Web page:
This week, we’re continuing our series on choosing where your child should apply to college by talking about how many colleges should be added to your list.
Let’s look first at students for whom one option might be enough. Then, we will look at everyone else.
1. One Option for Some Students
Some students—though not many—know exactly where they want to go to college and believe they have a reasonable chance of being admitted to that one college. If you have such a child, here is what the college application process might look like.
If that one college, your teenager’s perfect choice, has an Early Decision plan, your teenager can apply to that college in the fall of the senior year (usually in early November). By doing that, however, he or she is agreeing to attend that college if accepted. An Early Decision offer of admission is binding on both the student and the college. Fortunately, if your teenager is not admitted when Early Decision offers are sent out (usually in December), there is still time to meet the application deadlines of other colleges.
If your teenager’s perfect college choice has an Early Action plan, he or she can also apply earlier and receive an answer earlier. Early Action works a bit like Early Decision, except that an offer of admission is not binding on the student. That is the crucial difference: A student can apply to more than one college with an Early Action plan, can even apply to other colleges with regular application deadlines, and does not have to accept an admissions offer as soon as it is given. Of course, if your teenager really wants to attend one college and that college has an Early Action plan and he or she is accepted, then the admissions game is over.
On the other hand, your teenager’s perfect college choice might have rolling admissions—meaning that applications are considered as they come in and decisions are made throughout the year. If the application is submitted early enough in the senior year and the decision is made fast enough by the college, then you might not have to consider other colleges. However, the exact schedule for reviewing applications at colleges with rolling admissions is often not knowable—meaning that a student might or might not get an answer about admissions quick enough to save the trouble of applying to other colleges.
For students whose perfect college choice does not have an Early Decision, Early Action, or rolling admissions plan, it would obviously be dangerous to apply just to one college on a regular deadline and not to look at some additional choices.
2. More Than One Option for Everyone Else
For all of those students who have not narrowed down their search to one college, how many applications should be made? Of course, there is no right answer to that question. Through some common sense thinking and discussion, we could probably agree that applying to just two colleges sounds like too few and that applying to, say, 10 colleges sounds like too many.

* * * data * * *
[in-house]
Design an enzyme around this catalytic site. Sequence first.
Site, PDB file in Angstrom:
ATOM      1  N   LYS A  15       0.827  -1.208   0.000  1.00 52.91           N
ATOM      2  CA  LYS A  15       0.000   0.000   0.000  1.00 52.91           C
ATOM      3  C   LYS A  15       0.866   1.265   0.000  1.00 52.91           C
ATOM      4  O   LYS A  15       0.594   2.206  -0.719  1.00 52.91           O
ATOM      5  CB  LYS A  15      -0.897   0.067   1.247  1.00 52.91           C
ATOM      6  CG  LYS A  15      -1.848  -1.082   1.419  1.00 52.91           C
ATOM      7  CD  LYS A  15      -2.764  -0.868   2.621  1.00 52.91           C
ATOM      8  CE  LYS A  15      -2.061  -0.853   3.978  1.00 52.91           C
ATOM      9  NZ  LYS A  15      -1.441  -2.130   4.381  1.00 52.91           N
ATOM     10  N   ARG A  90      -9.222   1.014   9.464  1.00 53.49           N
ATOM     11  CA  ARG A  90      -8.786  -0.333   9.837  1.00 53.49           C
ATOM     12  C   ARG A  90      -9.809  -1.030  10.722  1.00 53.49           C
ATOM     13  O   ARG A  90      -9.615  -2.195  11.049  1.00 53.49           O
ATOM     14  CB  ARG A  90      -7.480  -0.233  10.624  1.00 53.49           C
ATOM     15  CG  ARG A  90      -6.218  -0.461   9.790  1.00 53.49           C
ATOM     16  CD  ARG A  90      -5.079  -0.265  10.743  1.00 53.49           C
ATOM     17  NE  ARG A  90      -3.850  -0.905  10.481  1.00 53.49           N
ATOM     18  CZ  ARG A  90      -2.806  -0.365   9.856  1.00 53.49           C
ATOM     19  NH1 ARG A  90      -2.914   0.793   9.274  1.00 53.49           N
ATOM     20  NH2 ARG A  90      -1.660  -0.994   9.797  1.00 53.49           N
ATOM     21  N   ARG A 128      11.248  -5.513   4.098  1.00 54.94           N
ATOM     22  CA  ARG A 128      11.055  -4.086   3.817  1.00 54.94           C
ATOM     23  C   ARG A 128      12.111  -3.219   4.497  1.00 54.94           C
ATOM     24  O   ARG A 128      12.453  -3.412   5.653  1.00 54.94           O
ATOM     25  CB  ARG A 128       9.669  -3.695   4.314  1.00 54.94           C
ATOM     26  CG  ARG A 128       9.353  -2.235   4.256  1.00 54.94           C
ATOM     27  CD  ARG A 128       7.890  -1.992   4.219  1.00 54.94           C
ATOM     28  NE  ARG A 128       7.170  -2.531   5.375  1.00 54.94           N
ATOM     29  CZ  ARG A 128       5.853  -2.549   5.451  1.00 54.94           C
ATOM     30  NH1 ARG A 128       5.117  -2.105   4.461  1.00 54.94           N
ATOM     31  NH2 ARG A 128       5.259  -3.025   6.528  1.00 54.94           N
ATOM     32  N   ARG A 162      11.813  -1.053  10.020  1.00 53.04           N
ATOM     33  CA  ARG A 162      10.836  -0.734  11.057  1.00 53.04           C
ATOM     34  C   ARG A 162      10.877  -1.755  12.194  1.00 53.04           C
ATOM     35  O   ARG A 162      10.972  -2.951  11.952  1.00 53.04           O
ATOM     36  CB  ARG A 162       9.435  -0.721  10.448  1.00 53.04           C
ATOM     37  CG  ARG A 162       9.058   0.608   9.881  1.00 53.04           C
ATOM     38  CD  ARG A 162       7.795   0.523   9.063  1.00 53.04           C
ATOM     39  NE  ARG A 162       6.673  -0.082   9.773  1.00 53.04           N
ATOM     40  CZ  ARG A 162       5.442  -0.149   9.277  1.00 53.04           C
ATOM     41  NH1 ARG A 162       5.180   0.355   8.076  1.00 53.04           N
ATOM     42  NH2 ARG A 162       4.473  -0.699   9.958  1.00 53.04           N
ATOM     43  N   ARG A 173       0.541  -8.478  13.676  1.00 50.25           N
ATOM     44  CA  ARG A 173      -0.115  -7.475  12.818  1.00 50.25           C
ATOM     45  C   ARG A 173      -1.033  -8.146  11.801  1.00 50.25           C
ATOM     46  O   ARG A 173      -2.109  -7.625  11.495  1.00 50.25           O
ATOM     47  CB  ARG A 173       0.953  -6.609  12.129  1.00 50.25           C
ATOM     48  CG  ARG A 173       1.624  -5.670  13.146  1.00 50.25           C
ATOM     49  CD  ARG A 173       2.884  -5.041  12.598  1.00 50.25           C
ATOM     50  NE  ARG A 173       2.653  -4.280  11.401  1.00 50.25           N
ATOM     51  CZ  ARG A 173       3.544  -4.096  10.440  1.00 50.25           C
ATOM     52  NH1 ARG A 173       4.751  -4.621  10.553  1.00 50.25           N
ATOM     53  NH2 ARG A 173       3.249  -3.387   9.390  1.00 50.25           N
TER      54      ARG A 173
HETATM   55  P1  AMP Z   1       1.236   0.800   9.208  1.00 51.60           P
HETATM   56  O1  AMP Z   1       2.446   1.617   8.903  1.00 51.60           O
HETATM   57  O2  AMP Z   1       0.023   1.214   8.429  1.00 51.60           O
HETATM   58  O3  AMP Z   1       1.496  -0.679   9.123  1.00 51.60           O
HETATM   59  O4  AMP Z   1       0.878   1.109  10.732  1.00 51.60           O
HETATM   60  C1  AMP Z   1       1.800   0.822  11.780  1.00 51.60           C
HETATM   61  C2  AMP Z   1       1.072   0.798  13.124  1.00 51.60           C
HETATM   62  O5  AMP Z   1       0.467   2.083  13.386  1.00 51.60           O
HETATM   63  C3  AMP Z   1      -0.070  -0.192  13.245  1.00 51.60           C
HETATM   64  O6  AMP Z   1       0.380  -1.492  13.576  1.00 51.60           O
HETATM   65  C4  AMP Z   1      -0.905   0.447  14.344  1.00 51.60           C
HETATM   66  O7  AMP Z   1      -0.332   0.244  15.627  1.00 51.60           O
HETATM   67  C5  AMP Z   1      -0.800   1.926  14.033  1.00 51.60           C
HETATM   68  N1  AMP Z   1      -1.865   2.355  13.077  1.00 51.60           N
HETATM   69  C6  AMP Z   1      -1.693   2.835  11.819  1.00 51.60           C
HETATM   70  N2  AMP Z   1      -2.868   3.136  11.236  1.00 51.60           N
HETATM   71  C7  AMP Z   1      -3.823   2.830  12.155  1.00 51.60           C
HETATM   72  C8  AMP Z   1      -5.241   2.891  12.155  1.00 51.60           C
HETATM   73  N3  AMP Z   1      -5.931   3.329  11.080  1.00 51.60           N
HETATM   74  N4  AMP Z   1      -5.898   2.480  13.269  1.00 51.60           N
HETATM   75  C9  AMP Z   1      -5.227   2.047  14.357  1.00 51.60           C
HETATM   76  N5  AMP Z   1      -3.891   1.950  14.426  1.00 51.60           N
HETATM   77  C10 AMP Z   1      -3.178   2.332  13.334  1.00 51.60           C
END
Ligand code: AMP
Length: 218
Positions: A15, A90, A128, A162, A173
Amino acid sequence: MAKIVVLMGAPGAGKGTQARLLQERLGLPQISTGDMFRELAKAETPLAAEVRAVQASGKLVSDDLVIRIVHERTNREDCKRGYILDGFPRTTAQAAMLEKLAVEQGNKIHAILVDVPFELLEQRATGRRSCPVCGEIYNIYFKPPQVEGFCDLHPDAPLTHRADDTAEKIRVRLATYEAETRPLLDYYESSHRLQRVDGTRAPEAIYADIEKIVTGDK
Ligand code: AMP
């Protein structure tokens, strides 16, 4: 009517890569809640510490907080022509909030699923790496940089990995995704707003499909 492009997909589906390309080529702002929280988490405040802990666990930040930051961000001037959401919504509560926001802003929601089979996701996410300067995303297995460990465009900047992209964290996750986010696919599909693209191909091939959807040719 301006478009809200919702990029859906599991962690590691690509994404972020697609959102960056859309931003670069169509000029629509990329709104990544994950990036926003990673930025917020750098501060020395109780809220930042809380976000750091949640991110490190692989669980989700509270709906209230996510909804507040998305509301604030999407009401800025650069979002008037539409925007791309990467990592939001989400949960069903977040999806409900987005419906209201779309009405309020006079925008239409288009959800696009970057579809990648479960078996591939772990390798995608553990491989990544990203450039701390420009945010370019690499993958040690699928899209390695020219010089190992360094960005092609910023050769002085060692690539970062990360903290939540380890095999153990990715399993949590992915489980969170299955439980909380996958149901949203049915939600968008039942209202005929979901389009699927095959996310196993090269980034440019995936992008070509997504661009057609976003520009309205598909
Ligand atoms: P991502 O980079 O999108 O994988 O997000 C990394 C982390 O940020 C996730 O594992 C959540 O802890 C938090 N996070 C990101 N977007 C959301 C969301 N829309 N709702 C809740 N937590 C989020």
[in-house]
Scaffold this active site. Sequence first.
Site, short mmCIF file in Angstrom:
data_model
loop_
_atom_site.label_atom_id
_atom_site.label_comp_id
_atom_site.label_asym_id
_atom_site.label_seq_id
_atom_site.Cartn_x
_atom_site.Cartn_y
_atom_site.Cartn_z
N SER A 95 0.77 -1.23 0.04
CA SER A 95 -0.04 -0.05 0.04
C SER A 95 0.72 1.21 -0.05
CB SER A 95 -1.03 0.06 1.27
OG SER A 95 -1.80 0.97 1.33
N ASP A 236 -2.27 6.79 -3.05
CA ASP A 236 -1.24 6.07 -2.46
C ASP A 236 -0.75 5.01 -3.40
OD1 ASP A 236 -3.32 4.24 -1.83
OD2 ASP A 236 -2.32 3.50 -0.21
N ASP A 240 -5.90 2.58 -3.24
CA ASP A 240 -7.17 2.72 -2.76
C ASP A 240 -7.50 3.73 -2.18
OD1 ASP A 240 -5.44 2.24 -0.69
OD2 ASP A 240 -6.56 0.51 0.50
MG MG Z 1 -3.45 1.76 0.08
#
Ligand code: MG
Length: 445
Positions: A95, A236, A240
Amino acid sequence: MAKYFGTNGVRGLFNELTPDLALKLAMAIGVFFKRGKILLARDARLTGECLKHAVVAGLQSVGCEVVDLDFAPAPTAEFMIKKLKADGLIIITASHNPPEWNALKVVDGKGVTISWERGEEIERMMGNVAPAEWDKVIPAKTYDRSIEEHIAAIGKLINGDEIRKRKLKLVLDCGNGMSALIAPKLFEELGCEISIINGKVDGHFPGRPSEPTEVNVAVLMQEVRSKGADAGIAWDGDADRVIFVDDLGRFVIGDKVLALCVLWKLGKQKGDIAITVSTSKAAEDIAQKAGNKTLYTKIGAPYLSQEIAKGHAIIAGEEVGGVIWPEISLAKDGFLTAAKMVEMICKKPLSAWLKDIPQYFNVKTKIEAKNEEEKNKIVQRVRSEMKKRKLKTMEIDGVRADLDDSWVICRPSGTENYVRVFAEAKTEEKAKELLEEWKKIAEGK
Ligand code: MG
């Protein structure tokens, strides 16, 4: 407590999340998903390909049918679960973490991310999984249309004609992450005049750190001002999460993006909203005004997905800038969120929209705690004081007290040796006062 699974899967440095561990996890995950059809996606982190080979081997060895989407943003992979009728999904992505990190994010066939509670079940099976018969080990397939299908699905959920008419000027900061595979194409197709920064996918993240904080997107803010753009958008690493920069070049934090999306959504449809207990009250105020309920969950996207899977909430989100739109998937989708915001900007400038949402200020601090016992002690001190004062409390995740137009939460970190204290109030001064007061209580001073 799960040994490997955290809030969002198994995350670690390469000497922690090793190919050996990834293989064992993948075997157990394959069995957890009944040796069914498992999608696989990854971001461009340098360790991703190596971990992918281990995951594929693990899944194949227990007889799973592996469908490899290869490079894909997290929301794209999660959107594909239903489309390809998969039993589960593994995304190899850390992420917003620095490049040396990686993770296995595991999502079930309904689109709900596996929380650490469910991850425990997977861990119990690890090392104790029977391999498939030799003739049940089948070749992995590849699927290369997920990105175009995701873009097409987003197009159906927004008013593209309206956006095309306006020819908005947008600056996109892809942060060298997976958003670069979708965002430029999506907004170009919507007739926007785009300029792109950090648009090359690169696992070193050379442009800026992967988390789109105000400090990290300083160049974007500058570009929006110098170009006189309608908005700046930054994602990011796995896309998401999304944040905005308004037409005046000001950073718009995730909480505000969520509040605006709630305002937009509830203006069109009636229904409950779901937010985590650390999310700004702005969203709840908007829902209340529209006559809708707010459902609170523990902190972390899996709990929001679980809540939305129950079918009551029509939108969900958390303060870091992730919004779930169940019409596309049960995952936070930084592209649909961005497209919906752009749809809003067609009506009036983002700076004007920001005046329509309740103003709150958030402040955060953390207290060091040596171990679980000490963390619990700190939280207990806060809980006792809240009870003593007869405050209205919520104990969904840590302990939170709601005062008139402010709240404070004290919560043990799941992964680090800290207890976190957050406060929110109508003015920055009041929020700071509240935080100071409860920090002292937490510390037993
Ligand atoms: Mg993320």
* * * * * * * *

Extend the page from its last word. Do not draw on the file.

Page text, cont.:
The right answer for your teenager probably lies somewhere in between, depending on how much variety there is in the kinds of colleges you are considering and, as we said in the first two episodes of this series, depending on how many deal breakers there are in considering the kinds of colleges your teenager might apply to.
For example, you can see right away that deciding to keep a student close to home for college—maybe even within commuting distance—would limit the number of options available to that student (unless, of course, home is a major metropolitan area, like New York City). That student might feel that five or six applications would be a reasonable sample of the variety of opportunities available close to home. On the other hand, deciding to send a student away to college would open up an almost limitless number of options. That student might feel that even 10 applications would not be an adequate sample of all the opportunities out there.
As you and your teenager add more deal breakers—that is, more restrictions on the colleges you want to consider—you probably will feel better that fewer applications can cover the remaining college options. For example, let’s say your and your teenager have decided to limit your applications to small, private, four-year colleges in upstate New York that have French majors. In that case, five or six applications might feel like plenty.
One more point: Your teenager should apply only to colleges that he or she actually knows something about and wants to attend. That might sound obvious to you. But, we find that students cannot always explain why they are considering a certain college and sometimes cannot even find it on a map. Those students need more help in applying their deal breakers to a long list of possible colleges, in finding out about a good many of them, and then in narrowing down the possibilities to a reasonable number—probably about five to eight.
Listen to the podcast to find out about…
- When one college option is enough
- Why adding more good colleges to your child’s list might not help him/her get an admissions offer
- How colleges wind up on students’ lists without enough input from them
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